This week, from Jon Wertheim's Mailbag:
How do you think the end of year championships will shake out?
-- Greg Beyer, Naugatuck, CT
• Still another earmark of his professionalism, Roger Federer always seems to have a bit more left in the proverbial tank when the Masters Cup rolls around. Maybe it's all that Net-jetting. As was the case at Wimbledon, I think you have to call him the favorite until someone else proves otherwise. As for the women, you're better off picking the stock market. At this point in the year, with a banged up and mentally exhausted field playing on an indoor court in a far-flung locale, no result would surprise me.
Not a question but an observation. It was at the Stuttgart
tournament when Jankovic's coach was timing Venus' serve. It strikes me
as being quite funny since it appears Jankovic looks over at her
coach/box before challenging a call, which I thought was not suppose to
be the case.
-- Susan, Boston
• A few of you have mentioned that. It strikes me as more than a little bush league. And of all players, Venus Williams is probably the single most sporting out there. She doesn't even like to challenge line calls; you really think she's milking the clock on purpose? Insofar as this was an attempt to "get inside the head" of Venus, I suspect it had the opposite effect. When a coach does something like this, is he not in effect saying, "I'm not sure you can beat her outright; so I'm resorting to the dark arts?"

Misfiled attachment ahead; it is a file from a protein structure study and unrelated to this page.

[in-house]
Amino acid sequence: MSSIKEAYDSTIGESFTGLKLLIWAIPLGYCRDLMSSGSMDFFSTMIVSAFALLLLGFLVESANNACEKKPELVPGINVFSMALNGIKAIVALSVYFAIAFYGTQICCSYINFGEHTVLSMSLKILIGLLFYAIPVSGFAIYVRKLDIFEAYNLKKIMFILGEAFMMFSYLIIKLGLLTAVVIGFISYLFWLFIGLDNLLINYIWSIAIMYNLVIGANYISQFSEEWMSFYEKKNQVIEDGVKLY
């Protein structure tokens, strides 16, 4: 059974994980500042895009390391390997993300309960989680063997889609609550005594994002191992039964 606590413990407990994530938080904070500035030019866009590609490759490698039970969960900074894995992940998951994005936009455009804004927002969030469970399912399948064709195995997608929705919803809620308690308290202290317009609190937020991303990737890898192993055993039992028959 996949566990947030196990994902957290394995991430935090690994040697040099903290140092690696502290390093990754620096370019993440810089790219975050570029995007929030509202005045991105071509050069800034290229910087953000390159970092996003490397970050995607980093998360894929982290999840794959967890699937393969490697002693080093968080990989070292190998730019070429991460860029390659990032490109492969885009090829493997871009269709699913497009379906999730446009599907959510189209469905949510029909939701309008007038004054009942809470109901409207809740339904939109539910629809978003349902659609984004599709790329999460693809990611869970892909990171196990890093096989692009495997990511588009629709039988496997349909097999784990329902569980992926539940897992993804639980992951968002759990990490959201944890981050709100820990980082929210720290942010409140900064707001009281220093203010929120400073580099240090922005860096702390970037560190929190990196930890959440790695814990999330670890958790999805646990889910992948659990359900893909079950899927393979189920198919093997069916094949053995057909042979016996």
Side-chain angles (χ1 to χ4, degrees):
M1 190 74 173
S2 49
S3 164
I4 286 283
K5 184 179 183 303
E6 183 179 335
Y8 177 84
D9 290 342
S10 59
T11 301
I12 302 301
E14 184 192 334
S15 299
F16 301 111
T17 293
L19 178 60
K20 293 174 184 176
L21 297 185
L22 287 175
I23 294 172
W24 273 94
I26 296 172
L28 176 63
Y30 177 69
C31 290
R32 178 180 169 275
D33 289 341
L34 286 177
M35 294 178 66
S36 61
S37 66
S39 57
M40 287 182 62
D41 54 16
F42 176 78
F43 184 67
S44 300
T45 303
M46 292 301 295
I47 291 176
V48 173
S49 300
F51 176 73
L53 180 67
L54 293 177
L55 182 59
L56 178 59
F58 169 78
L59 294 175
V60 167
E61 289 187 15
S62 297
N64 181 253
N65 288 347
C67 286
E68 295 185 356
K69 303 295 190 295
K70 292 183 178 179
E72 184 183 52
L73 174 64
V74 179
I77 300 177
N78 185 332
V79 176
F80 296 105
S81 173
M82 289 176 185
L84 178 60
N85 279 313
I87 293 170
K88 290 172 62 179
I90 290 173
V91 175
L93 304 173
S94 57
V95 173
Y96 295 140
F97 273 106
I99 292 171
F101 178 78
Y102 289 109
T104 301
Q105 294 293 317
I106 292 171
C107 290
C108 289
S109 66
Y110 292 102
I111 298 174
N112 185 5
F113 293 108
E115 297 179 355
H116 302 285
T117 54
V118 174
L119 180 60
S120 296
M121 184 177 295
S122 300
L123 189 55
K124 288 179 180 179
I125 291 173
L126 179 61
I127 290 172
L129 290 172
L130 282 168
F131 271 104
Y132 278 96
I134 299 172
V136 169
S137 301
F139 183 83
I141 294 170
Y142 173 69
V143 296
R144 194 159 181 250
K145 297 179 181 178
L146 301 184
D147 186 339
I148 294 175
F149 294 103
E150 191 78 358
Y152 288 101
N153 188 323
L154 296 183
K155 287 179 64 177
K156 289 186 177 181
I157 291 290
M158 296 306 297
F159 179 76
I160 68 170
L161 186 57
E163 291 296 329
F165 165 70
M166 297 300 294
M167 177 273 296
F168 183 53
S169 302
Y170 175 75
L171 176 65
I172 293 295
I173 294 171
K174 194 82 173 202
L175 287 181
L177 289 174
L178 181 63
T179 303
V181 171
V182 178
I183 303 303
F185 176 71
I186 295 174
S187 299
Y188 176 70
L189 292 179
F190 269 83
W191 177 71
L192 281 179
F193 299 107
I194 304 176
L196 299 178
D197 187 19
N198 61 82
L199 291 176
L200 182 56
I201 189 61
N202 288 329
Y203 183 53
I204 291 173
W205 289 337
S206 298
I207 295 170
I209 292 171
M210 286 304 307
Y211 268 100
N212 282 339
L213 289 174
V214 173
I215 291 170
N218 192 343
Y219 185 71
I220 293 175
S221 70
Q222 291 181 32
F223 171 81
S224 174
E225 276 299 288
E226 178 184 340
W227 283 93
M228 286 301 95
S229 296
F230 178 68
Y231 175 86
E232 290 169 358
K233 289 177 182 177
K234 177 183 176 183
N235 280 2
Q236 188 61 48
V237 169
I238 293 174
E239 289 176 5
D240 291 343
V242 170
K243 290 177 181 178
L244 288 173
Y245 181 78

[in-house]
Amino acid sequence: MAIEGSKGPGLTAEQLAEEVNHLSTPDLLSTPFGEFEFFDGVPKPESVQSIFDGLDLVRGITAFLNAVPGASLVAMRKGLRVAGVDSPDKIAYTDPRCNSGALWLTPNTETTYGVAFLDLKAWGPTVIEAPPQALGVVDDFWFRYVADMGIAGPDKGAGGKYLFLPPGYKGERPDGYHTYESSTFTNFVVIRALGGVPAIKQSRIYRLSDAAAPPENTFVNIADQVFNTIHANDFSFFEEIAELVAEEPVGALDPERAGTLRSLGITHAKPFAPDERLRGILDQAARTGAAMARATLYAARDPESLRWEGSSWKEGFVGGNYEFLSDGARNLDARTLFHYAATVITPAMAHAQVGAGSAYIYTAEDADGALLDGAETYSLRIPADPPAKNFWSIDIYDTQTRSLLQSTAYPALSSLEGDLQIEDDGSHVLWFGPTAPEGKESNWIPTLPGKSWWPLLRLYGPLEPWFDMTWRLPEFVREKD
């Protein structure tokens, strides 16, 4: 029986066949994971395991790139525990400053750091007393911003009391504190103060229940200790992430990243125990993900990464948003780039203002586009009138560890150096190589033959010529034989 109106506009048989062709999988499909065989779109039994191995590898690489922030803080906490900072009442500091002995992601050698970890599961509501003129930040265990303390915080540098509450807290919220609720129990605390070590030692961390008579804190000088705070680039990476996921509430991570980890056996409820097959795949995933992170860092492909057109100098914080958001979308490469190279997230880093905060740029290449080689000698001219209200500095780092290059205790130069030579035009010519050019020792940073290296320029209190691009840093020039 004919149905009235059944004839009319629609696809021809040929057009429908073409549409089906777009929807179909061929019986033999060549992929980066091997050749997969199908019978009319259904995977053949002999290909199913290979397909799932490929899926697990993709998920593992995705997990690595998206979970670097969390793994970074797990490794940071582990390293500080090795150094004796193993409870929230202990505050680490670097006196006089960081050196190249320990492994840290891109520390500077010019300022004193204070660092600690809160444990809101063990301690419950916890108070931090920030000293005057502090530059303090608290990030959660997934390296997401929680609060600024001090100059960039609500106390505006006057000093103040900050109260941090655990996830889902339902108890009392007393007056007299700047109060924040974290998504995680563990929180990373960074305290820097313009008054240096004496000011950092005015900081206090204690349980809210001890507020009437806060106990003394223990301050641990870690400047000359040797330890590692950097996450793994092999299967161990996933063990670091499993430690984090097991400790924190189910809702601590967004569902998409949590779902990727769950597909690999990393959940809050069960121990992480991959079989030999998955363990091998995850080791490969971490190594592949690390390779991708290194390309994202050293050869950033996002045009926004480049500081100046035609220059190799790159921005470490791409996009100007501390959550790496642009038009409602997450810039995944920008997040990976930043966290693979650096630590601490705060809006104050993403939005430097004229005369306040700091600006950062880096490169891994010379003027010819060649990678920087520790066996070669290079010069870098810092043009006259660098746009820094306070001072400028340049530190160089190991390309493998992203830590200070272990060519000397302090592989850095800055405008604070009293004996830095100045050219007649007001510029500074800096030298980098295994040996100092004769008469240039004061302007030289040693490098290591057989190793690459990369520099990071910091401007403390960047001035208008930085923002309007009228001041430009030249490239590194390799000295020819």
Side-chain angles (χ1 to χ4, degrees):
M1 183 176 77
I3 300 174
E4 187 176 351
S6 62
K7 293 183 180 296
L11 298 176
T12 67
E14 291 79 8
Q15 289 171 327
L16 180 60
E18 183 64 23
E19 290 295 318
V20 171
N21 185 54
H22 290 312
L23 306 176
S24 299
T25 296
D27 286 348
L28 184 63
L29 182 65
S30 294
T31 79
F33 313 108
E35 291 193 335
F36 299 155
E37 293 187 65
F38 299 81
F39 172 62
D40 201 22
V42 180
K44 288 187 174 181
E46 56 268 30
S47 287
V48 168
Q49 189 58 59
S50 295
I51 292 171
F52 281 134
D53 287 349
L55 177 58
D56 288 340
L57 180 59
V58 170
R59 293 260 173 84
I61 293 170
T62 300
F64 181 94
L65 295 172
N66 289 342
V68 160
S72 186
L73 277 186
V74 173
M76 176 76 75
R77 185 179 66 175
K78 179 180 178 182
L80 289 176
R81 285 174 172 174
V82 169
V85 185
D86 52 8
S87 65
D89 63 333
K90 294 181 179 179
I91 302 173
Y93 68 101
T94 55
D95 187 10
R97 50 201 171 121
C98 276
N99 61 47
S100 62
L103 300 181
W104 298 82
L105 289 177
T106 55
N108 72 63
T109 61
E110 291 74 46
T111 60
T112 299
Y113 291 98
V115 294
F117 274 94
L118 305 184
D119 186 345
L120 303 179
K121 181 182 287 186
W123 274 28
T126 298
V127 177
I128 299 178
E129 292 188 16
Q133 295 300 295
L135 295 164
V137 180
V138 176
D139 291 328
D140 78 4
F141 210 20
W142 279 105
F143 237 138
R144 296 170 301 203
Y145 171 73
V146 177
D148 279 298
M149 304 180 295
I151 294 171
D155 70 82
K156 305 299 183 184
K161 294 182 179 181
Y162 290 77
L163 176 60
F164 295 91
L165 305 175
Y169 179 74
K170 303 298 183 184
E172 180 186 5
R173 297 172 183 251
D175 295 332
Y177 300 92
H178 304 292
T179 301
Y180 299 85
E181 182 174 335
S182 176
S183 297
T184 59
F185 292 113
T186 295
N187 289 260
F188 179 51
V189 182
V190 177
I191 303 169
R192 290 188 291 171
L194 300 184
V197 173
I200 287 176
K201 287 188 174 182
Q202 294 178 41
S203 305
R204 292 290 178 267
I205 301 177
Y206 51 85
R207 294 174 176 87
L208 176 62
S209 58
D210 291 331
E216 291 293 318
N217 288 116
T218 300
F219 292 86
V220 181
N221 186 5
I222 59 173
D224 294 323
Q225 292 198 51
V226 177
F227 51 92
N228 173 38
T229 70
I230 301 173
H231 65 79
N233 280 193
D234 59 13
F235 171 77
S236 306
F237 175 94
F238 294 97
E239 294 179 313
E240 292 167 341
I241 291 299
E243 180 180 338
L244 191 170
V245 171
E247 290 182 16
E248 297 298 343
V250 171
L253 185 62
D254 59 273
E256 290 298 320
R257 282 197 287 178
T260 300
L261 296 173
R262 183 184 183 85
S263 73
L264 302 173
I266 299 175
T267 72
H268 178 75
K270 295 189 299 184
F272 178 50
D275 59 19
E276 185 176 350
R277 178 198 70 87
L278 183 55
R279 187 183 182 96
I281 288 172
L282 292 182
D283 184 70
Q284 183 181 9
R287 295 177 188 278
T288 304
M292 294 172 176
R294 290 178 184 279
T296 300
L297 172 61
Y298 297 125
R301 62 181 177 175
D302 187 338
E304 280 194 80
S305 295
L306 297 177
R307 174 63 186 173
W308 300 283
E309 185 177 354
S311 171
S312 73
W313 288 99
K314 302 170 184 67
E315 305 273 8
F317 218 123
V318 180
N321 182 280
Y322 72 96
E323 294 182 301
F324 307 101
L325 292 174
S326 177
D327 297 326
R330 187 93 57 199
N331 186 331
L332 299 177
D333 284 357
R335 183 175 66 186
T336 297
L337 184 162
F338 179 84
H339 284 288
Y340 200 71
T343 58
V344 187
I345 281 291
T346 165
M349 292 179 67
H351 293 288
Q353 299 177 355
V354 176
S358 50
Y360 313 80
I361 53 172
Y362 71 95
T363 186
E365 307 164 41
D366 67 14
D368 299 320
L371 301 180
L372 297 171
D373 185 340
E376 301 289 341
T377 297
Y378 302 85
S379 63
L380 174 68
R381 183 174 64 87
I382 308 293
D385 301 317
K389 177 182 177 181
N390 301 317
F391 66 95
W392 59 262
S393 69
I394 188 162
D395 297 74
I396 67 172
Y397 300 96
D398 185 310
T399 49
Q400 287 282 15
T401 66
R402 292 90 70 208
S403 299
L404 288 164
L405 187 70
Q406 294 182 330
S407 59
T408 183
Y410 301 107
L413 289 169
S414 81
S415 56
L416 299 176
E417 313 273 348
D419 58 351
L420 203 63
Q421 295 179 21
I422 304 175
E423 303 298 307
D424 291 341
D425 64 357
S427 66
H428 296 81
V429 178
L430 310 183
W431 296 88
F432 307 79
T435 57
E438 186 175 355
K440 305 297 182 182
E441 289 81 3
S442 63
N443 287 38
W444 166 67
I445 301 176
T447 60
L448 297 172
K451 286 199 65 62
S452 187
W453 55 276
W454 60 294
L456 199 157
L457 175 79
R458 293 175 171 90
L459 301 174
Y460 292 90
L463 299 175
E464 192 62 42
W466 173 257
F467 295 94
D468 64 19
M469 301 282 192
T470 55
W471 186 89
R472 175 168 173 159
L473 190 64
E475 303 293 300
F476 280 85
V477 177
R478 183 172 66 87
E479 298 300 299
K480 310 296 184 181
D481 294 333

What's the back story on Feliciano Lopez that might have prompted
this comment from one of the Tennis Channel commentators at the finish
of Lopez' victory over Wawrinka in Madrid: Lopez excelling in front of
a celebrity crowd that he will feel came to watch him -- and only him."
-- FP, Nashville
• I'm responding to hearsay, but I'm sure this was an innocent comment, simply alluding to the fact that Lopez is from Madrid, the tournament's host city. I'm sure it has nothing -- not a thing -- to do with the fact that Lopez is alleged to make Narcissus himself look modest, a man who will singlehandedly wear out the reflective surface of the locker room mirrors. Seriously, there seems to be an interesting dynamic among some of the Spanish players. There's apparently the urban, pretty boy camp (Verdasco and Lopez) and the more rural, rugged camp (Ferrer, Nadal, Almagro.) Nadal is good friends with Lopez, but calls him "Galactico," a reference to the Real Madrid soccer "superstars" but also a gentle knock on his disco-lizard, appearance-conscious persona.